According to Ottawa's Mark Fraser, your opinion about whether there's a diversity problem in hockey is likely tied to the colour of your skin.
The former NHLer appeared on All In A Day Friday, describing his experiences with racism and bigotry in light of the controversies surrounding NHL coach Bill Peters.
Peters recently resigned as head coach of the Calgary Flames in the aftermath of revelations of racism and physical abuse against players.
Fraser played for the New Jersey Devils, Toronto Maple Leafs and Edmonton Oilers, and continues to play professionally in Europe for the Schwenningen Wild Wings of the German elite league.
He said the allegations against Peters are a reminder that racism remains in a sport that lacks the cultural and racial diversity of Canadian basketball or soccer.
Also on the show, was Godlove Ngwafusi, whose son Nick experienced both overt and veiled racism throughout his minor hockey career.
Here are some of their stories. Their words have been edited for length and clarity.
Mark Fraser on signing in Slovakia
Towards the end of November of last season, I ended up getting a contract to go play in Slovakia. But I actually found out a month or two months after being there — by some of the captains on the team — that prior to my signing, the general manager actually sat them down and had asked them how they felt [about] signing a black player.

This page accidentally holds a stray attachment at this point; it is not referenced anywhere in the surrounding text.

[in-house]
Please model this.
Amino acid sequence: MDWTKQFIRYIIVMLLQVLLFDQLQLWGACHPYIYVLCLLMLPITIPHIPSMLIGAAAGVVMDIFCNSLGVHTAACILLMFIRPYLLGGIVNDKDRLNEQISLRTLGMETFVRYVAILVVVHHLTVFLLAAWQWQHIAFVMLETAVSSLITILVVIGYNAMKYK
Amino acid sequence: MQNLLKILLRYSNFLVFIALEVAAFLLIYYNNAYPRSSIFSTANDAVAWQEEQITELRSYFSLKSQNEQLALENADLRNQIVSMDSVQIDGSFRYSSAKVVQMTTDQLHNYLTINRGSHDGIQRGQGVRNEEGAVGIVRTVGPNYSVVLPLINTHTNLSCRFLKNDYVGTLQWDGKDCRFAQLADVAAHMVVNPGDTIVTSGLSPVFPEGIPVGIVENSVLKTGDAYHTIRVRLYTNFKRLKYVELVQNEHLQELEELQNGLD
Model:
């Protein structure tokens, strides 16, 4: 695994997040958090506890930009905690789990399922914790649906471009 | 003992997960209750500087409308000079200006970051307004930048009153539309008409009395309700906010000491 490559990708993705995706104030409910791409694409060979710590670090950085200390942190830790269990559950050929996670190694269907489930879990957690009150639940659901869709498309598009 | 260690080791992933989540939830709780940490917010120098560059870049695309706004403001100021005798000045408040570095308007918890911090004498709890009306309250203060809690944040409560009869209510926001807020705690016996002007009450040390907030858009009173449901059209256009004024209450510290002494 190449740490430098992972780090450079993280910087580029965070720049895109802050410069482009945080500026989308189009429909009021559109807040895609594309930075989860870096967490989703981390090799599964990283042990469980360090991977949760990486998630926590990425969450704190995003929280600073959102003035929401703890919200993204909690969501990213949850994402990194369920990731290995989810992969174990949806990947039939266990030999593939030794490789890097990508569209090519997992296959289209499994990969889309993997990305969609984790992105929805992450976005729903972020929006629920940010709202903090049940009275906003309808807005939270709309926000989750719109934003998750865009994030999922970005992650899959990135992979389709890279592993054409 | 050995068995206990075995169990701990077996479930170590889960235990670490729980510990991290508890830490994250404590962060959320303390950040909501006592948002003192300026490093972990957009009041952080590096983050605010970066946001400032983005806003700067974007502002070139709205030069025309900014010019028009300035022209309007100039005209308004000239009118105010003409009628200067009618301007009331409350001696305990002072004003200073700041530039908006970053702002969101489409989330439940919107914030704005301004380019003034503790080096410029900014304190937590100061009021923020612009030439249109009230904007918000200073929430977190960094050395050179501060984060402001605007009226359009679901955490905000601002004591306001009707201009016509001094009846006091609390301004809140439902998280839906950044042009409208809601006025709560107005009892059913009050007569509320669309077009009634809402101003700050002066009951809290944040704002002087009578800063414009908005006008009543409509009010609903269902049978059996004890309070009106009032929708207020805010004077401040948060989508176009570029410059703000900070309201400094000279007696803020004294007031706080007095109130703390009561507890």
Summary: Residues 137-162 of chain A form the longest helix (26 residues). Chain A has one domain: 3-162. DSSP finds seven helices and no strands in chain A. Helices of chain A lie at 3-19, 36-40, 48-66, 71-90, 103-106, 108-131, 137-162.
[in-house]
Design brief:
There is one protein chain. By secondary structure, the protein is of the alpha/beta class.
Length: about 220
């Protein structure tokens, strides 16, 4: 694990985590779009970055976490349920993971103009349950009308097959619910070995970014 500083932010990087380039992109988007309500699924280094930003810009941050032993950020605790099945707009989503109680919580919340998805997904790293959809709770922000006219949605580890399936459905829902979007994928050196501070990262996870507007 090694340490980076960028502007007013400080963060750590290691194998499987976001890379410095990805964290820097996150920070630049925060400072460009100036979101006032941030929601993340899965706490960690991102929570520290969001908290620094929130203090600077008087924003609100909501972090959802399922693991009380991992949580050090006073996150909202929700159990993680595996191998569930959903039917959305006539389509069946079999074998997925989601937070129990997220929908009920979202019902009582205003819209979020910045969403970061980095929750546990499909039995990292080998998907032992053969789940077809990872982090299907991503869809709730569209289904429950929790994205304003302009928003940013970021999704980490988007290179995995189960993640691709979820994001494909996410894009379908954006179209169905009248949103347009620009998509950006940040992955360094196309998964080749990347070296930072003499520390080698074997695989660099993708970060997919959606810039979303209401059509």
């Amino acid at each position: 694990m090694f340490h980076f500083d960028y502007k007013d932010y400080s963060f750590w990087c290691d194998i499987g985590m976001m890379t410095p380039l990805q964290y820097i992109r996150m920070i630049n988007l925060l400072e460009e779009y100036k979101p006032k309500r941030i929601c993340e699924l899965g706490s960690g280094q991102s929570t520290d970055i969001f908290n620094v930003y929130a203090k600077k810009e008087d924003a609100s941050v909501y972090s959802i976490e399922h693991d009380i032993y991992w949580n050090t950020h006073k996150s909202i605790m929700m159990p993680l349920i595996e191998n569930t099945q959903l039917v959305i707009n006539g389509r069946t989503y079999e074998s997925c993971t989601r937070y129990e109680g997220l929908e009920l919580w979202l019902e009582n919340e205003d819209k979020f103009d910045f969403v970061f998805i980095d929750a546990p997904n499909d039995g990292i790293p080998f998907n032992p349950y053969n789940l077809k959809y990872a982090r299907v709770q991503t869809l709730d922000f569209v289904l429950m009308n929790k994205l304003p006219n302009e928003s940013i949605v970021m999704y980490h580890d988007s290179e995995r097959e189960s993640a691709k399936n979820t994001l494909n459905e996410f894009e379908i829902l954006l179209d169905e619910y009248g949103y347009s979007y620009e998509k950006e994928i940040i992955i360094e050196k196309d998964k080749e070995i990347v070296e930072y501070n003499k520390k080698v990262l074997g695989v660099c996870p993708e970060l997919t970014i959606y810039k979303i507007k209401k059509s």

And I was quite shocked to realize that in my 13-year pro career, having played hundreds of NHL games, that I wasn't being brought in clearly just based on my resumé.
The fact that my skin colour actually had the potential of preventing my employment in an area where my resumé speaks for itself — that was a new one for me.
It makes you question how many other times, perhaps, were you being judged on things that were out of your control, as opposed to your actual on-ice abilities.
Fraser on minor hockey
I was in the penalty box — I was probably about 14 or so years old, playing for the Gloucester Rangers — and I just remember being berated by a couple of fans or parents from the other team.
The comment I remember them yelling was telling me to "go back to the bush."
I had no idea, really, what they may have been referring to at the time. [But my] father, who's a Jamaican immigrant, and some of the other parents on my team — they had caught wind of what was being said and yelled toward me. It was their reaction that really made me understand the significance.
Godlove Ngwafusi on an apology
I remember a specific incident when a family staying at a different hotel followed me to mine, just to apologize for stuff that happened on the ice coming from the parents on the opposing side.
So I was very appreciative of that moment and I really have not forgotten it.
It's going to take recognition [by the hockey establishment] that the problem exists. Look at it squarely, and try to resolve it instead of denying the existence of it.